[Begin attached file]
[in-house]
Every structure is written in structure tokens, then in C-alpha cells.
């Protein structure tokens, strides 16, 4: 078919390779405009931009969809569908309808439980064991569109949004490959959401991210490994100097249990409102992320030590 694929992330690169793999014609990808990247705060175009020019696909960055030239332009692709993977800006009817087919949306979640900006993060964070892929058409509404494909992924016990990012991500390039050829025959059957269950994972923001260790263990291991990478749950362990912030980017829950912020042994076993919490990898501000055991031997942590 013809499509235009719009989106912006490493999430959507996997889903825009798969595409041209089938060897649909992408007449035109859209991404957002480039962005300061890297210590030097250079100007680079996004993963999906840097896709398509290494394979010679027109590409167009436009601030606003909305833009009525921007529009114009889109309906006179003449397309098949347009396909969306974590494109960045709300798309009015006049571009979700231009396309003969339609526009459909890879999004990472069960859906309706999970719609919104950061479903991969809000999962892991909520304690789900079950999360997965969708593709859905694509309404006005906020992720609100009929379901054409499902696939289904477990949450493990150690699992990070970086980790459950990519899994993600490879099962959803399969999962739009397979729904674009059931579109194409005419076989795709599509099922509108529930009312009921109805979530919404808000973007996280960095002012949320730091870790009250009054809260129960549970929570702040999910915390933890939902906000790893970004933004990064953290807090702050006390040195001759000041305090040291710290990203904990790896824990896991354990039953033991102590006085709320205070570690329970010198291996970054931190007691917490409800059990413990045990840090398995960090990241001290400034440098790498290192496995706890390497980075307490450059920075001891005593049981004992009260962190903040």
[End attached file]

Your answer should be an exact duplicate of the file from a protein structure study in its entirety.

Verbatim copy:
[in-house]
Every structure is written in structure tokens, then in C-alpha cells.
């Protein structure tokens, strides 16, 4: 078919390779405009931009969809569908309808439980064991569109949004490959959401991210490994100097249990409102992320030590 694929992330690169793999014609990808990247705060175009020019696909960055030239332009692709993977800006009817087919949306979640900006993060964070892929058409509404494909992924016990990012991500390039050829025959059957269950994972923001260790263990291991990478749950362990912030980017829950912020042994076993919490990898501000055991031997942590 013809499509235009719009989106912006490493999430959507996997889903825009798969595409041209089938060897649909992408007449035109859209991404957002480039962005300061890297210590030097250079100007680079996004993963999906840097896709398509290494394979010679027109590409167009436009601030606003909305833009009525921007529009114009889109309906006179003449397309098949347009396909969306974590494109960045709300798309009015006049571009979700231009396309003969339609526009459909890879999004990472069960859906309706999970719609919104950061479903991969809000999962892991909520304690789900079950999360997965969708593709859905694509309404006005906020992720609100009929379901054409499902696939289904477990949450493990150690699992990070970086980790459950990519899994993600490879099962959803399969999962739009397979729904674009059931579109194409005419076989795709599509099922509108529930009312009921109805979530919404808000973007996280960095002012949320730091870790009250009054809260129960549970929570702040999910915390933890939902906000790893970004933004990064953290807090702050006390040195001759000041305090040291710290990203904990790896824990896991354990039953033991102590006085709320205070570690329970010198291996970054931190007691917490409800059990413990045990840090398995960090990241001290400034440098790498290192496995706890390497980075307490450059920075001891005593049981004992009260962190903040």